CM: I like to tackle traditional topics in history by exploring them through new, fresh perspectives. The Industrial Revolution is usually a popular topic for middle school and high school history courses. The focus for studying the Industrial Revolution in America is usually on the “greats” – Rockefeller, Carnegie, and Vanderbilt. The era had such a major impact on the way we live today. I wanted to scratch below the surface and feature some of the ordinary and overlooked individuals (including kids) who made the Industrial Revolution possible. That’s why readers of The Industrial Revolution for Kids will learn about the contributions of Andrew Carnegie to the steel industry at the same time meeting an 11-year-old boy who was thrown into a room with rats when he was caught breaking windows.

MUF: The Industrial Revolution is a big topic. How did you narrow it down to information that would be most relevant and interesting to kids?

CM: It was challenging to present an overview of 100 years of American history in only 40,000 words! The role of immigrants could hardly be overlooked in any book about the Industrial Revolution. Labor unions. Child labor. Urbanization. And while those at first blush may not be appealing to kids, the stories of real people who were affected by immigration, unions, child labor and urbanization reel in young readers—the five children of Thomas Healy who lost his life in a gunpowder factory explosion in New York; 12-year-old Charles Neudinger whose body was pierced by needles when a machine in a textile factory accidentally trapped him; a group of school boys in Massachusetts who vandalized their principal’s house when they were banned from associating with the local factory girls.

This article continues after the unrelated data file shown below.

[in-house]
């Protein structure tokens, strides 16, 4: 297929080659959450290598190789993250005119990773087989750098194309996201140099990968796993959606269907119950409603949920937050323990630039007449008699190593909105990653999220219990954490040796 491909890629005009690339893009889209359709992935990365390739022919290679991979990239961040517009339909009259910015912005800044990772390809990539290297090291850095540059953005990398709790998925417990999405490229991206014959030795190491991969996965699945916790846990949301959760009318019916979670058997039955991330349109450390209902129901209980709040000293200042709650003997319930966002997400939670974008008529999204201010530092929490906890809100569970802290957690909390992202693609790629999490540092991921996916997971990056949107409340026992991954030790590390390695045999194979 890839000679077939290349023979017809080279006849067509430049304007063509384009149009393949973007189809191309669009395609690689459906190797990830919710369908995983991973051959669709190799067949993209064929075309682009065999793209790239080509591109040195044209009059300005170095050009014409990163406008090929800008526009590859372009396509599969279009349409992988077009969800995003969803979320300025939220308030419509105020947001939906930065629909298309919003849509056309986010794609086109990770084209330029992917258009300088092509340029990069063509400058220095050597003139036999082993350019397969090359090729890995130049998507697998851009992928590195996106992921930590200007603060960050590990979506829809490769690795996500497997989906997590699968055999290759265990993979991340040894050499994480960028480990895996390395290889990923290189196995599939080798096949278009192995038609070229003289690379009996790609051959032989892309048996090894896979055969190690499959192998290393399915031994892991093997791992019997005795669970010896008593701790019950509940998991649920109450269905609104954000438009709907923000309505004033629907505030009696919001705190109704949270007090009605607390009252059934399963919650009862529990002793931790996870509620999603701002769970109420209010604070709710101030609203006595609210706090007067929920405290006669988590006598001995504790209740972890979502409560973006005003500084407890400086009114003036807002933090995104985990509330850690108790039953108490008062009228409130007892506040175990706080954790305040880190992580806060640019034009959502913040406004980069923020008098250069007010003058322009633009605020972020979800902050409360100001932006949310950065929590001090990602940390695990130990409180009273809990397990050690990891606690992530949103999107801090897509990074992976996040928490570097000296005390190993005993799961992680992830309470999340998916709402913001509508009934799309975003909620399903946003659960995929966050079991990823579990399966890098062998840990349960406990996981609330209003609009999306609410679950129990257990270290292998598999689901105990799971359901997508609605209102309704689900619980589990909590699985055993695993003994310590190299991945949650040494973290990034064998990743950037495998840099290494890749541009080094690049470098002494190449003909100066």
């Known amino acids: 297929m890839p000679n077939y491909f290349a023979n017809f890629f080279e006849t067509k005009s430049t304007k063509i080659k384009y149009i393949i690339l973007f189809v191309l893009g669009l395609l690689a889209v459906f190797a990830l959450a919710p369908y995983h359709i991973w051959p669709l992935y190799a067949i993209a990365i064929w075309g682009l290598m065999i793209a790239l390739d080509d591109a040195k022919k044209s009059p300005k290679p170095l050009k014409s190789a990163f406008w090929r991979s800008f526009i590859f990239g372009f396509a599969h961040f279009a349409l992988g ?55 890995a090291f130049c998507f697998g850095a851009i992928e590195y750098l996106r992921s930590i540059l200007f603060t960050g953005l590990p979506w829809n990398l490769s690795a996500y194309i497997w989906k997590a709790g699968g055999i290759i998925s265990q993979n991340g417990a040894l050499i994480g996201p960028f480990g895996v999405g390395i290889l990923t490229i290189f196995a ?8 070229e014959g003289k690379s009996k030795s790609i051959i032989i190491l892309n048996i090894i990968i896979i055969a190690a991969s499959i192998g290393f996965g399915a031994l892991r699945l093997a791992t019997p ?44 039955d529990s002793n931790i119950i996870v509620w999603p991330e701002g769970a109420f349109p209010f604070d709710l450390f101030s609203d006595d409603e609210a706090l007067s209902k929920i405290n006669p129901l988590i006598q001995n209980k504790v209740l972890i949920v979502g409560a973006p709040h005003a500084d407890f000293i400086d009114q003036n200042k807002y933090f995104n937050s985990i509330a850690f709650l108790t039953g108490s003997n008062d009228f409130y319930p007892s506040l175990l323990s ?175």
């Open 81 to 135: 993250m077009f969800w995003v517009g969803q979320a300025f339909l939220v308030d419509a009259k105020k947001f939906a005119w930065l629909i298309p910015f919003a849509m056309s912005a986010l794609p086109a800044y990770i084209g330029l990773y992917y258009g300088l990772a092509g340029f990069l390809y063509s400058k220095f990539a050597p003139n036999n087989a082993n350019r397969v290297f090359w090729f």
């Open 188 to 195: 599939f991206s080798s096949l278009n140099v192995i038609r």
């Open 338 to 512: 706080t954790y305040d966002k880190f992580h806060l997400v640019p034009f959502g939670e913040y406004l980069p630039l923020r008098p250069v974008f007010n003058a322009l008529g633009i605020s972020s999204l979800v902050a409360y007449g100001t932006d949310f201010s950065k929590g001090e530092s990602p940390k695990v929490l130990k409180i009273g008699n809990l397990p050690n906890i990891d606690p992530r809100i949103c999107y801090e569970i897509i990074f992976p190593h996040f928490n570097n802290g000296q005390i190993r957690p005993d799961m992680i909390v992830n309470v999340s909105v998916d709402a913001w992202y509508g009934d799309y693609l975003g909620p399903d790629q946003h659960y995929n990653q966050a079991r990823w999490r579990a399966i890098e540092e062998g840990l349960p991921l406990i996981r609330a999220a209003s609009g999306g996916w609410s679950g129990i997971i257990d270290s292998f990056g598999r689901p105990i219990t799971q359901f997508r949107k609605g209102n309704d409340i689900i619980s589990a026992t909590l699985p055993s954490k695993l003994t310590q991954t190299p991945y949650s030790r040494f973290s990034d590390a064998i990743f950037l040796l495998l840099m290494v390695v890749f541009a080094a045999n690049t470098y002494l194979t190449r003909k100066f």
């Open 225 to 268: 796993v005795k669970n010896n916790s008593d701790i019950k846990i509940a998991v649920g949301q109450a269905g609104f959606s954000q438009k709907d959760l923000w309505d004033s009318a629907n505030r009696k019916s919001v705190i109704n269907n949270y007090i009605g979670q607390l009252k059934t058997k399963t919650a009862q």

MUF: Wow, those are some incredible stories. Thank you for giving them a voice. The inclusion of twenty-one hands on activities and crafts really extends the learning opportunities provided by the book. Was it hard to come up with ideas? Can you give us a short description of your favorite example?

CM_head1CM: Well, I think anyone who has taught middle school kids becomes quite skilled at designing resources that capture the attention of those little darlings! One of my favorite activities in the book is “Listen to Talking Walls.” It incorporates local history and language arts as well as research skills. Kids are asked to focus on a section of buildings in their community. They analyze the exteriors and interiors to learn about architecture and history. My hope is that kids will look at their surroundings and realize that there’s history all around them.

MUF: Who is the target audience for your book?

I hope middle school history and language arts teachers, public and school librarians, and home school educators will use it as a resource for their students. I think parents will find it a helpful tool to pique a child’s interest in the past. Children who are learning English as a second language will find stories and activities that they can relate to. As educators look for resources to infuse informational text into their curricula, they seek out text in content areas that will motivate students. I think stories of real people, places, and events from the past can intrigue young readers. The format of the “For Kids” series by Chicago Review Press benefits struggling readers. Text is “chunked up” or pulled out in the sidebars woven throughout the chapters. Reluctant readers are pulled in by the archival photos. Many of the photos capture images of young children—getting dimes from John D. Rockefeller, stuffing sausages in a meatpacking plant, selling newspapers on city street corners, and playing on tenement roofs. A college instructor told me she plans to use The Industrial Revolution for Kids with her undergraduates to give an overview of the Industrial Revolution!

MUF: That’s great! According to your website, you have another book forthcoming in 2015. Can you tell us a little bit about that title?

CM: It’s another in the “For Kids” series. The Great Depression for Kids: Hardships and Hope in 1930’s America tells the stories of everyday Americans struggling to live, work, and play during this troubled time. But it’s not all doom and gloom. Readers meet packhorse librarians; Bossy Gillis, the Massachusetts mayor who encouraged kids to skip school to attend the circus; Scotty, a film star’s dog that had his own pink satin sofa; and 7-year-old Betty Jane Kolar, the “world’s youngest magician.”

Thanks for taking the time to answer our questions, Cheryl Mullenbach, and offering a copy of The Industrial Revolution for Kids to one lucky reader. To enter the draw, please follow the rafflecopter link. Winner announced September 23rd. Good luck!

Yolanda Ridge is the author of Trouble in the Trees (Orca Book Publishers, 2012) and Road Block (Orca Book Publishers, 2011).